Although short-score tends to be the norm and therefore removes the need for a piano reduction, open-score format often requires clef-reading, transposition, and mental skills to be able to effectively and efficiently play the music from the piano. Much to the surprise of most conductors (see one blogger’s thoughts in Rule #3 of this article), this is not easy.
I recently served as the pianist for the Colorado Symphony Chorus’ production of Aida with the Aspen Music Festival. It’s Verdi – so already fairly complex – but the piano/vocal score is absolutely frustrating. Here’s a snapshot of two pages for an idea:
The photo on the left shows two sections of choral parts in open-score (SATB and TTBB), with a piano reduction of the orchestral parts. The photo on the right shows six solo parts (SSTTBB), a choral part (TBTB), and again, an orchestral reduction.
The conductor(s) expect the pianist to play all of it, maintaining the integrity of the orchestral parts while providing support to the vocalists. On one hand, the orchestral reduction is fairly on point. On the other hand, there is no choral reduction to aide quick reading.
You can see from my notes that when I arrive at a section when I don’t have time to think instantaneously to determine the part, clef, and vertical harmony, I quickly jot down my own reduction or simplification of the harmony so my fingers know what to do without focusing on a particular stave. Again, thanks to the Morris/Ferguson book above, I’ve gotten pretty good at reading open-score at sight, but when you have 300+ pages of this, it’s a real challenge.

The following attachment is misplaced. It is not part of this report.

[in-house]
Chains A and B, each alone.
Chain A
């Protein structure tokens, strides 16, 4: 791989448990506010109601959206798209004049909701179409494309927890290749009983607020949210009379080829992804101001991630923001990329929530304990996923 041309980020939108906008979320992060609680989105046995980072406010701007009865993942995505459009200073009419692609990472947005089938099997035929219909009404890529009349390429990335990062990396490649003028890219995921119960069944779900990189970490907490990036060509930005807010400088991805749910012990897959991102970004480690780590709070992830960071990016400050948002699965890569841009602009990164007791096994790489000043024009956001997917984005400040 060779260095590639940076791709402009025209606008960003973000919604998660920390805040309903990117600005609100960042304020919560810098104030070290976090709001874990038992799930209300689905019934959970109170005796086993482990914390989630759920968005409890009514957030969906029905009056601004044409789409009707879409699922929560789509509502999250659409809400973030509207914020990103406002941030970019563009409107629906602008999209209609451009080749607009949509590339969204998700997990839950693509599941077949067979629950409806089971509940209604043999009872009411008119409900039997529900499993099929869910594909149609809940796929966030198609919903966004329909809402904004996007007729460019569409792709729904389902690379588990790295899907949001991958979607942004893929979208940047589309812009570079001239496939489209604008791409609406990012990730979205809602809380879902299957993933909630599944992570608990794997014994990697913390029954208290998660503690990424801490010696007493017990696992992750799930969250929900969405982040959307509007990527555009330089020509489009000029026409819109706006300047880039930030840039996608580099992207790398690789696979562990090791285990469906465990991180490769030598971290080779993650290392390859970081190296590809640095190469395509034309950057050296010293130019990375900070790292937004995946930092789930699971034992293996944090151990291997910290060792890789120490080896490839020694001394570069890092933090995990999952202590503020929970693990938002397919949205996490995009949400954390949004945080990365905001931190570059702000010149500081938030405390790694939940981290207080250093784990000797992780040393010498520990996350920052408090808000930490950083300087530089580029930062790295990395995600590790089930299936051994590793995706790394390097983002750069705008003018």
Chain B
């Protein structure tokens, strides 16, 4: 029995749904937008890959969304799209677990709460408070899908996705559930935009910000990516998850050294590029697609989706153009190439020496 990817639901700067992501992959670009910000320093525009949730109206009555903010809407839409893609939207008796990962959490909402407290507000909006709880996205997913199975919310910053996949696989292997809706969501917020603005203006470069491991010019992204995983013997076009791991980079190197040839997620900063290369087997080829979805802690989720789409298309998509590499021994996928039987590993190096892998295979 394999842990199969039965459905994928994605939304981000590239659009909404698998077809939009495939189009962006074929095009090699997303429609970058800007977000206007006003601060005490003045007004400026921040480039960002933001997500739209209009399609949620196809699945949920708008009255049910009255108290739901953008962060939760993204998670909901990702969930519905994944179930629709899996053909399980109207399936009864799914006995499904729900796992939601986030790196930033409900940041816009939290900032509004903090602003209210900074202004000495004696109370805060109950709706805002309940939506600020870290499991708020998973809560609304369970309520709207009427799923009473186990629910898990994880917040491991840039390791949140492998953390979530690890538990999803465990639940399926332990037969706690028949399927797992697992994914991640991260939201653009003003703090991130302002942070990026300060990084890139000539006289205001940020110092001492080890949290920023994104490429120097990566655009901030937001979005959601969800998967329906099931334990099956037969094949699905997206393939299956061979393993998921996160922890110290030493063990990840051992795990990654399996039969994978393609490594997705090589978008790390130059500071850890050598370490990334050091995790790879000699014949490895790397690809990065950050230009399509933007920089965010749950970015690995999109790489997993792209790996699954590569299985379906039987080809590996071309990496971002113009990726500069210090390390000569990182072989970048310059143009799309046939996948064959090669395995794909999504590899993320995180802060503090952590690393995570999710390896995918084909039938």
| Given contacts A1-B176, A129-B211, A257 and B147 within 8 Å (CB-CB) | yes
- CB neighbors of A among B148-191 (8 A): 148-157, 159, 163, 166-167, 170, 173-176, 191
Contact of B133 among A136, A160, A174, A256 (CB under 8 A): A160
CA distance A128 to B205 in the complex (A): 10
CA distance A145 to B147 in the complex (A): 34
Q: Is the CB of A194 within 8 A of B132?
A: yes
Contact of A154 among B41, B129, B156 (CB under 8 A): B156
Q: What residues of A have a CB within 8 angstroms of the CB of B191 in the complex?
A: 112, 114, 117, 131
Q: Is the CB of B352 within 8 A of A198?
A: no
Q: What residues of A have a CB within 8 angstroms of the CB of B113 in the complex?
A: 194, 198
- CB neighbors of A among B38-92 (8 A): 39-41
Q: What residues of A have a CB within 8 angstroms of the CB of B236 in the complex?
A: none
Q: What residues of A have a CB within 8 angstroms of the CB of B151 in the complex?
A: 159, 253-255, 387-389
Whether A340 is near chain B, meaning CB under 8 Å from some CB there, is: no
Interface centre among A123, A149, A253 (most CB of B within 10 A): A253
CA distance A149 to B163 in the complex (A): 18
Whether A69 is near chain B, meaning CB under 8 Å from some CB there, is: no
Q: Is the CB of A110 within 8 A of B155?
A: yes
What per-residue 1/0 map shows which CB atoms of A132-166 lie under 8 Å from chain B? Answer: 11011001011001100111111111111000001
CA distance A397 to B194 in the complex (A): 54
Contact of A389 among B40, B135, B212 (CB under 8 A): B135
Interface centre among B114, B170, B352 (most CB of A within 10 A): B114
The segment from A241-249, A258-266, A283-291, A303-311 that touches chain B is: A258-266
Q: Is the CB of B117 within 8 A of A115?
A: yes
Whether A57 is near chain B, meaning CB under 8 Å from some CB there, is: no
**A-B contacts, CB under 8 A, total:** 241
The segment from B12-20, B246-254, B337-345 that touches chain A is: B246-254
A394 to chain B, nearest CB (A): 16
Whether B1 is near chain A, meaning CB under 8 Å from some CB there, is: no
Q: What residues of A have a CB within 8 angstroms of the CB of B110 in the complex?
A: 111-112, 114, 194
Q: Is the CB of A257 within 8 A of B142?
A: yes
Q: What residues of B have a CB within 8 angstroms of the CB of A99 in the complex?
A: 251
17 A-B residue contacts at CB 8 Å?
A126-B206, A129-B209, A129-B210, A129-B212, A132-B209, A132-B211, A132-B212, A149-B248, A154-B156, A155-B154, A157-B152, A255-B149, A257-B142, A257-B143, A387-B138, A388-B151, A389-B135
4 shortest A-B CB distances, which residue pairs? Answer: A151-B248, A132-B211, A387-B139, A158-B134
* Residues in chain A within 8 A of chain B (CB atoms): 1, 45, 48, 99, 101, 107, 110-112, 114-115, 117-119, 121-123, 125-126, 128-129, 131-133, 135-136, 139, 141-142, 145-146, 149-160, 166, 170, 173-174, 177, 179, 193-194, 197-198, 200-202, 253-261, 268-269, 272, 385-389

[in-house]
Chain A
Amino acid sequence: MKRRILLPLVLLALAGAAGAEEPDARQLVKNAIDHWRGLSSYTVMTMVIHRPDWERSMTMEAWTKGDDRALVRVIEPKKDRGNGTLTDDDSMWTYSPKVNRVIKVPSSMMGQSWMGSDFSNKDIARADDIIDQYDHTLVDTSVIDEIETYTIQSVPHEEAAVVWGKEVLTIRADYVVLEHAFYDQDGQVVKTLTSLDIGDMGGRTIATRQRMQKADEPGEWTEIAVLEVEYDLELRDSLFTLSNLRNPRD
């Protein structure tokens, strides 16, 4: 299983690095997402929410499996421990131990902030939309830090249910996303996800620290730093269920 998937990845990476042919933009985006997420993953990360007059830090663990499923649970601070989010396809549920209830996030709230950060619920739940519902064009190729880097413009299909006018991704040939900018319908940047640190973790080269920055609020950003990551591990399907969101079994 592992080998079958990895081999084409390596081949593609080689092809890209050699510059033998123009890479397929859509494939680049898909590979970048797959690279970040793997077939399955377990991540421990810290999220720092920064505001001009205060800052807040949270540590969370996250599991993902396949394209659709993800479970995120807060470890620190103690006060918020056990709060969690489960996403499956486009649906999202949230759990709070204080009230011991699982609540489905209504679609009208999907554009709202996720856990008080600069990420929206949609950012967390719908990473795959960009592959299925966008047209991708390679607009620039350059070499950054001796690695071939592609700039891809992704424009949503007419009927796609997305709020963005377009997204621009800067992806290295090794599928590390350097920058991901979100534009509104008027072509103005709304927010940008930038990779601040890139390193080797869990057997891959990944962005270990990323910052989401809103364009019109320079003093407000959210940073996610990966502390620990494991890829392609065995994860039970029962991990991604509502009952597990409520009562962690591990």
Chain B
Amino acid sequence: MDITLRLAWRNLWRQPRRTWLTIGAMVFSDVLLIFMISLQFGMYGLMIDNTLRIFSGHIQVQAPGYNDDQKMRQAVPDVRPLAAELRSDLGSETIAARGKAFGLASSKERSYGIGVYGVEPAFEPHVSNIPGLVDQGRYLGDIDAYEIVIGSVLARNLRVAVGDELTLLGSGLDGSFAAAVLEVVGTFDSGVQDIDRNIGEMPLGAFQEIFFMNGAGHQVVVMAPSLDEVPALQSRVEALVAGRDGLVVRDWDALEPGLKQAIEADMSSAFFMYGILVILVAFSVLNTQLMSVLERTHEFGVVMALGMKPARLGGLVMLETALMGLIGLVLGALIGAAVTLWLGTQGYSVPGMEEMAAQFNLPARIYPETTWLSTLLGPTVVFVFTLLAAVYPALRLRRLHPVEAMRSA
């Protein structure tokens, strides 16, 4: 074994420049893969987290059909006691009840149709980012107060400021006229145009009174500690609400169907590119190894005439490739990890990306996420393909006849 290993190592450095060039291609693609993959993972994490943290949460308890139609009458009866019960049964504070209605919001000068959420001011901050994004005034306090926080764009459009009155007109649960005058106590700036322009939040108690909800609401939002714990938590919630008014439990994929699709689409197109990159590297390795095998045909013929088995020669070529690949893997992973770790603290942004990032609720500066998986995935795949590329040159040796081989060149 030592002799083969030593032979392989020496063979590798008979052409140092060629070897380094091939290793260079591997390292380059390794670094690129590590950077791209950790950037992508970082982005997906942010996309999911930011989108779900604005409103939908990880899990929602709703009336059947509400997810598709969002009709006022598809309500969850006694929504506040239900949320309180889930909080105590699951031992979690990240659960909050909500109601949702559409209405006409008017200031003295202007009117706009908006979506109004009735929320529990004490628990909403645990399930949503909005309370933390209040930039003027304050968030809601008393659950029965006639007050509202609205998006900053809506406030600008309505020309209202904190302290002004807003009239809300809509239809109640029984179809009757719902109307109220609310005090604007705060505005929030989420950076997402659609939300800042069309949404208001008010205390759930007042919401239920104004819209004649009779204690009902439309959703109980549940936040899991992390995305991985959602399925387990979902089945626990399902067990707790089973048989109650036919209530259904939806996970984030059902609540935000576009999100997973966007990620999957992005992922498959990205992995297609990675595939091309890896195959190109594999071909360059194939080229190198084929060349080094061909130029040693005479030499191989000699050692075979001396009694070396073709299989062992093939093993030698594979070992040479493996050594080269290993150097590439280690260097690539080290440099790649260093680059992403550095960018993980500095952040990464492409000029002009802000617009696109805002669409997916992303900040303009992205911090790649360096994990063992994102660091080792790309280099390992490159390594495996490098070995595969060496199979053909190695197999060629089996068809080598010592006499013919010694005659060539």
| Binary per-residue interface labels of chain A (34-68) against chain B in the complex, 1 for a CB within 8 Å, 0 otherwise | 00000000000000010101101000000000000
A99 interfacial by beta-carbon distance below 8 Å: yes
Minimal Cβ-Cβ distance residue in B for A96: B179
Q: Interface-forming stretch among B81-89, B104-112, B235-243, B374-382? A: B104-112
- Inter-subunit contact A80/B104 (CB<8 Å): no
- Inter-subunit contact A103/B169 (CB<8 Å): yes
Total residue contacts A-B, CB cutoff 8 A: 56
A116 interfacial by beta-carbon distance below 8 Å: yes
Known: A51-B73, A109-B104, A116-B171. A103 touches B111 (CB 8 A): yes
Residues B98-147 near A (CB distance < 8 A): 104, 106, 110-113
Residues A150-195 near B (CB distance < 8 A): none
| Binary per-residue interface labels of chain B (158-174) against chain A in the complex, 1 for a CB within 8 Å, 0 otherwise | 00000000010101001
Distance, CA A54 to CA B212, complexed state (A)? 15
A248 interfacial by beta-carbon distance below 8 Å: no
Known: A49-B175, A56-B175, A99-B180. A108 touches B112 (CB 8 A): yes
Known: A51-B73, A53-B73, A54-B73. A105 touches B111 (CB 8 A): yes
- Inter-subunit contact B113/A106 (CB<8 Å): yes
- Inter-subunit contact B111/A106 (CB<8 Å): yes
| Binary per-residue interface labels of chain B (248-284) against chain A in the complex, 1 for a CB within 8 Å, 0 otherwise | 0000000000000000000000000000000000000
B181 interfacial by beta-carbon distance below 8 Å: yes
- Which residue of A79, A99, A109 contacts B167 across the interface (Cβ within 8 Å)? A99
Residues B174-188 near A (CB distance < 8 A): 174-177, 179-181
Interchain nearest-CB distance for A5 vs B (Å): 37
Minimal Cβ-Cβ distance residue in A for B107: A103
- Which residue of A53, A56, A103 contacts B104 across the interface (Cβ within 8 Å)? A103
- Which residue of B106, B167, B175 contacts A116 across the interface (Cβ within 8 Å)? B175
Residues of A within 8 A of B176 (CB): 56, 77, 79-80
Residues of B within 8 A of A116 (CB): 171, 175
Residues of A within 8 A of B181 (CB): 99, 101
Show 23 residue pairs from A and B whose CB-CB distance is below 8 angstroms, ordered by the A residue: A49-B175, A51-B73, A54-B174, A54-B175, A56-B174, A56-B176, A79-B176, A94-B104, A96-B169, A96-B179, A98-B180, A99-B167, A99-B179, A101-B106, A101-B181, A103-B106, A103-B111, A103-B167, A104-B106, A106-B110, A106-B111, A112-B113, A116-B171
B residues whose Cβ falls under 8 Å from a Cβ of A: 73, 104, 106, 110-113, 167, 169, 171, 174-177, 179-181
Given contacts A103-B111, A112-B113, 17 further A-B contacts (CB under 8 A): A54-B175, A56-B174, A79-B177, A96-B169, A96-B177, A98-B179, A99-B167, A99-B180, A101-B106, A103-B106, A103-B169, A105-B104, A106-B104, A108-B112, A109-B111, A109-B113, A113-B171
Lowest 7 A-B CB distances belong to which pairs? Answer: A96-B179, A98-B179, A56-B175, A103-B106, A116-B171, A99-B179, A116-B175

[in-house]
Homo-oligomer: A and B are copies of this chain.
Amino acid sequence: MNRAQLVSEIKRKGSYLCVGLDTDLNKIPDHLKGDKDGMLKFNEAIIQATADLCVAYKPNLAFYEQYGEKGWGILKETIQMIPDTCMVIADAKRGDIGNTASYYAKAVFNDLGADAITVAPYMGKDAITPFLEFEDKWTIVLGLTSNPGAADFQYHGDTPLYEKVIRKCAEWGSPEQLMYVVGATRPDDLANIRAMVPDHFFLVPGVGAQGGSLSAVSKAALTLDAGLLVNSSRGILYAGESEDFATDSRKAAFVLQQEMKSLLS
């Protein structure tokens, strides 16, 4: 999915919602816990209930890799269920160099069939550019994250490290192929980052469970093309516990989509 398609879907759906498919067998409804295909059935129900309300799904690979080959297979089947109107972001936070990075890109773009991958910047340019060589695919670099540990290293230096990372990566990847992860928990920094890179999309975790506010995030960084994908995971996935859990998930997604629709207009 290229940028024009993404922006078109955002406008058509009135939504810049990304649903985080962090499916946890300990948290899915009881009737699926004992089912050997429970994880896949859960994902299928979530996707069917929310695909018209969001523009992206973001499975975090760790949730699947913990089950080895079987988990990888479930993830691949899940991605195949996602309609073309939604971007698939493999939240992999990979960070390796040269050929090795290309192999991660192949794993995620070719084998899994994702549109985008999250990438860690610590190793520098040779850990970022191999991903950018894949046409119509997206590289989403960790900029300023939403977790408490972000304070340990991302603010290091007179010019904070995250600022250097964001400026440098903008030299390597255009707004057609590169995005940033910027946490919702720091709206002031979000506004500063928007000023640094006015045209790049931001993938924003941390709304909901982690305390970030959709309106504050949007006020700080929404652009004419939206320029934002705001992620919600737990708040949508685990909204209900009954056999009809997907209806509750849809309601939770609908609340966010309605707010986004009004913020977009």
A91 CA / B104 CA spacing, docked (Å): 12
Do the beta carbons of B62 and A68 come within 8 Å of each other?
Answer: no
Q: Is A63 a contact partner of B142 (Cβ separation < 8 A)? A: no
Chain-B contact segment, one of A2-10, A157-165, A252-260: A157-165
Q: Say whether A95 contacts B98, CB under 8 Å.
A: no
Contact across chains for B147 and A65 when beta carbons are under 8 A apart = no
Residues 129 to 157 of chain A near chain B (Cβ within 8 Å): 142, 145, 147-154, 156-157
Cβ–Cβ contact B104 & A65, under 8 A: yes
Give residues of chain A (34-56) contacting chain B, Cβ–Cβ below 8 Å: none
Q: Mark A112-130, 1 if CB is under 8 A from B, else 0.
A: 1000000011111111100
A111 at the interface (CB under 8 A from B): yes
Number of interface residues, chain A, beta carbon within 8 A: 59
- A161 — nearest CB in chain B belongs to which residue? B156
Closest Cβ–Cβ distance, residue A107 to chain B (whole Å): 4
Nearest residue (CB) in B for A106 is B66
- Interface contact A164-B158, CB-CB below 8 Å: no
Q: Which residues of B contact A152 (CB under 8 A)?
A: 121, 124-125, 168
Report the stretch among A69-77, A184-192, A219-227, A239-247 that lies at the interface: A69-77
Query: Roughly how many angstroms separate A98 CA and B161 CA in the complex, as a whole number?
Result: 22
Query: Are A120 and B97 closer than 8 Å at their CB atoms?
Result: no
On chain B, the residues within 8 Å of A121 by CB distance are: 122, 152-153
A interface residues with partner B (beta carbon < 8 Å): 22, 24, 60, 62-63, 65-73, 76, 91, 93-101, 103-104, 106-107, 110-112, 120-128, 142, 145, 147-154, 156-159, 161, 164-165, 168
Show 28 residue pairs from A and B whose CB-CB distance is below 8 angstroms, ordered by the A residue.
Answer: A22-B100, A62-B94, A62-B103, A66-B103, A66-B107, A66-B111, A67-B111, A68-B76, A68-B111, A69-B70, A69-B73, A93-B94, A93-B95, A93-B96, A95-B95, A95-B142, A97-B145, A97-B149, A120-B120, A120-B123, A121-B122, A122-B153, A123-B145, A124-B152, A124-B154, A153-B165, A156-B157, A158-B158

So, What SHOULD it look like?
First, I re-address the second problem I mention at the top of this article and offer a solution: pianists need to learn the skills to read scores in any format. Learn your transpositions, clefs, how to read open-score, and improve your knowledge of theory and harmony to predict what’s coming and quickly identify chords. Teachers – please include these skills in your lessons.
If you’re a composer or arranger or conductor that is putting music to paper, here are six basic rules that I humbly submit when considering a piano reduction:
1. Don’t consider it – do it. Music notation is cake nowadays, so just add the extra stave and your pianist will thank you for it.
2. Know what to omit. This requires knowledge about orchestration, both chorally and orchestrally. For orchestral reductions (who does write these, anyway?) identify doubling and core melodies, and make it feasible to play with 10 fingers. For choral reductions, utilize stems to identify parts, words like unison, and articulation and breath marks.
3. Keep the melody and the bass parts.
4. Maintain the vertical harmonies, but remove those unison notes.
5. Always maintain the rhythmic integrity, but…
6. …Know what is idiomatic for the piano. Some notes shouldn’t be played in that octave on the piano. It sounds terrible. Some passages are too fast for most rehearsal pianos, particularly repeated notes. The keys won’t respond. Make it a tremolo.